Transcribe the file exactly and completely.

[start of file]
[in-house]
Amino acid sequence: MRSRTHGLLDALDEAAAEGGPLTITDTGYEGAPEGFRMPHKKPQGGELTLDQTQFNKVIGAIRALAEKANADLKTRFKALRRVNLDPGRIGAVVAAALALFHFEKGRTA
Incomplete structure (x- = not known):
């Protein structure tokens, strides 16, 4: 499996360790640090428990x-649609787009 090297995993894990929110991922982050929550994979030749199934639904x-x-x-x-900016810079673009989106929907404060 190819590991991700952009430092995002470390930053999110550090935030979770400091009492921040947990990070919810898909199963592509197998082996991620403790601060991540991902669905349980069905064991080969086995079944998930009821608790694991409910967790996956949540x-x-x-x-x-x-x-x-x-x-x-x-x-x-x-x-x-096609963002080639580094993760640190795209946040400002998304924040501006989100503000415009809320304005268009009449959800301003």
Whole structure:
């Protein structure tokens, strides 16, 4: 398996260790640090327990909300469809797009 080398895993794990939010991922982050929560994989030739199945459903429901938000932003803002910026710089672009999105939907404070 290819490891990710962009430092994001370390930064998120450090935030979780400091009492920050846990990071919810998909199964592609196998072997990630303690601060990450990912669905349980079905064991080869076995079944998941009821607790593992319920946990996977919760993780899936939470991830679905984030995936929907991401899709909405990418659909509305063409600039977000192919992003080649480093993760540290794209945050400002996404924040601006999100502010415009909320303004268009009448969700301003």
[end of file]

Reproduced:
[in-house]
Amino acid sequence: MRSRTHGLLDALDEAAAEGGPLTITDTGYEGAPEGFRMPHKKPQGGELTLDQTQFNKVIGAIRALAEKANADLKTRFKALRRVNLDPGRIGAVVAAALALFHFEKGRTA
Incomplete structure (x- = not known):
């Protein structure tokens, strides 16, 4: 499996360790640090428990x-649609787009 090297995993894990929110991922982050929550994979030749199934639904x-x-x-x-900016810079673009989106929907404060 190819590991991700952009430092995002470390930053999110550090935030979770400091009492921040947990990070919810898909199963592509197998082996991620403790601060991540991902669905349980069905064991080969086995079944998930009821608790694991409910967790996956949540x-x-x-x-x-x-x-x-x-x-x-x-x-x-x-x-x-096609963002080639580094993760640190795209946040400002998304924040501006989100503000415009809320304005268009009449959800301003």
Whole structure:
């Protein structure tokens, strides 16, 4: 398996260790640090327990909300469809797009 080398895993794990939010991922982050929560994989030739199945459903429901938000932003803002910026710089672009999105939907404070 290819490891990710962009430092994001370390930064998120450090935030979780400091009492920050846990990071919810998909199964592609196998072997990630303690601060990450990912669905349980079905064991080869076995079944998941009821607790593992319920946990996977919760993780899936939470991830679905984030995936929907991401899709909405990418659909509305063409600039977000192919992003080649480093993760540290794209945050400002996404924040601006999100502010415009909320303004268009009448969700301003």